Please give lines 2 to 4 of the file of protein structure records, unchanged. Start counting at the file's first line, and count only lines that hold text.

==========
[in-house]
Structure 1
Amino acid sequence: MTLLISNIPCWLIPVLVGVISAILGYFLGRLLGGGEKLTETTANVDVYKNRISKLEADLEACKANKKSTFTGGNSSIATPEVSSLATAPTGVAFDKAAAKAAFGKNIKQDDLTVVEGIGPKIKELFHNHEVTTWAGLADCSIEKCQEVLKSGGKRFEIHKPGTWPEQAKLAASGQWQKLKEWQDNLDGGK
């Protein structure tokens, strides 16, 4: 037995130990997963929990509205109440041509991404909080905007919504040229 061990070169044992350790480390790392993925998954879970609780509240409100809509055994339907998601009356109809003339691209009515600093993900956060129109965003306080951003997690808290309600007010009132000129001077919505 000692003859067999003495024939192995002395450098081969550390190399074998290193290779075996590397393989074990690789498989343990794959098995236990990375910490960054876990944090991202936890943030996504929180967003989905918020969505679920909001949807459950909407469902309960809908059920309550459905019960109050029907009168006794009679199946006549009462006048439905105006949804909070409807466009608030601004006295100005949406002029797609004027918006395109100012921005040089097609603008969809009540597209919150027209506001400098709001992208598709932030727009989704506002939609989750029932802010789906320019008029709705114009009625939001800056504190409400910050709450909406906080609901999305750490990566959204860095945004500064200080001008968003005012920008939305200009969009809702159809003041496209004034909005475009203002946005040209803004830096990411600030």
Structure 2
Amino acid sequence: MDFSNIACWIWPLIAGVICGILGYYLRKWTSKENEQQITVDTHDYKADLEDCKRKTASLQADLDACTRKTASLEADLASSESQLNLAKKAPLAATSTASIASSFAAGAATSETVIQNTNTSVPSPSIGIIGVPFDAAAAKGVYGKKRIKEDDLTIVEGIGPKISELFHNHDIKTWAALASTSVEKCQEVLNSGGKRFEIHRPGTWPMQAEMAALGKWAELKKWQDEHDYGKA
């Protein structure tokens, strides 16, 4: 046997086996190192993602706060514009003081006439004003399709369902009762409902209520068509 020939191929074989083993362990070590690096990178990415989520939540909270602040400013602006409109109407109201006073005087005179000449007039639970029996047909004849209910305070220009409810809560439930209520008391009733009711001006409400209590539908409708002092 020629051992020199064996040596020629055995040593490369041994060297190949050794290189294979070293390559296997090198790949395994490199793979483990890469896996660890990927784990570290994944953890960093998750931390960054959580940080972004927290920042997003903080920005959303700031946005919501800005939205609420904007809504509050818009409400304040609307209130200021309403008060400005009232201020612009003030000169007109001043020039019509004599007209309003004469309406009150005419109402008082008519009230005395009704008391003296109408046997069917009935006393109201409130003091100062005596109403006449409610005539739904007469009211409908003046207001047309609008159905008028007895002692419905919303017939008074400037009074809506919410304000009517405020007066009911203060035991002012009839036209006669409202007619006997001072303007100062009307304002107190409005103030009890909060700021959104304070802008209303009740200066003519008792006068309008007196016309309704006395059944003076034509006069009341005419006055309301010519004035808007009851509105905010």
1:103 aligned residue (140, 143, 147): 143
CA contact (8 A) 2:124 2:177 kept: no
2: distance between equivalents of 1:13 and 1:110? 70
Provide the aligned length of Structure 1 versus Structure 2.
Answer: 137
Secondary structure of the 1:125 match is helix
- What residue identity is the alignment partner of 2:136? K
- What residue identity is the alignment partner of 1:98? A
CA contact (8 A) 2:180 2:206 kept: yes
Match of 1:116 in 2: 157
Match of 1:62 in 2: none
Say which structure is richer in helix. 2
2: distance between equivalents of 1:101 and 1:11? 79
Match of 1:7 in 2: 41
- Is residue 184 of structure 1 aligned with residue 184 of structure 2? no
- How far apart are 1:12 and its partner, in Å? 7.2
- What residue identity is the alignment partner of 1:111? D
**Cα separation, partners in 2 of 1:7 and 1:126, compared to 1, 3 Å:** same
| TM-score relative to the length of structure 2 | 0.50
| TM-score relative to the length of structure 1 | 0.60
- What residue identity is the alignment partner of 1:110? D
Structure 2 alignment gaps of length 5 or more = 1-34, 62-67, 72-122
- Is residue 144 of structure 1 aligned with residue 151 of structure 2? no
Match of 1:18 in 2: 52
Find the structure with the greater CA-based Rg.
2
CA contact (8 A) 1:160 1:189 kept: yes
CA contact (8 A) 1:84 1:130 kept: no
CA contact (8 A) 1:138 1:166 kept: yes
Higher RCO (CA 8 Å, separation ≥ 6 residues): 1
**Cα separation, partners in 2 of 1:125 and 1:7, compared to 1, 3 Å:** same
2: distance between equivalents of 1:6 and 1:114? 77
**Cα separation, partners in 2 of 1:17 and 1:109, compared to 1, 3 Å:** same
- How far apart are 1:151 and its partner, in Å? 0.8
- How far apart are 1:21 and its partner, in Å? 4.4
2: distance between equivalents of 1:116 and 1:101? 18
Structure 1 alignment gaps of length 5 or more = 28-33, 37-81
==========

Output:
Structure 1
Amino acid sequence: MTLLISNIPCWLIPVLVGVISAILGYFLGRLLGGGEKLTETTANVDVYKNRISKLEADLEACKANKKSTFTGGNSSIATPEVSSLATAPTGVAFDKAAAKAAFGKNIKQDDLTVVEGIGPKIKELFHNHEVTTWAGLADCSIEKCQEVLKSGGKRFEIHKPGTWPEQAKLAASGQWQKLKEWQDNLDGGK
């Protein structure tokens, strides 16, 4: 037995130990997963929990509205109440041509991404909080905007919504040229 061990070169044992350790480390790392993925998954879970609780509240409100809509055994339907998601009356109809003339691209009515600093993900956060129109965003306080951003997690808290309600007010009132000129001077919505 000692003859067999003495024939192995002395450098081969550390190399074998290193290779075996590397393989074990690789498989343990794959098995236990990375910490960054876990944090991202936890943030996504929180967003989905918020969505679920909001949807459950909407469902309960809908059920309550459905019960109050029907009168006794009679199946006549009462006048439905105006949804909070409807466009608030601004006295100005949406002029797609004027918006395109100012921005040089097609603008969809009540597209919150027209506001400098709001992208598709932030727009989704506002939609989750029932802010789906320019008029709705114009009625939001800056504190409400910050709450909406906080609901999305750490990566959204860095945004500064200080001008968003005012920008939305200009969009809702159809003041496209004034909005475009203002946005040209803004830096990411600030």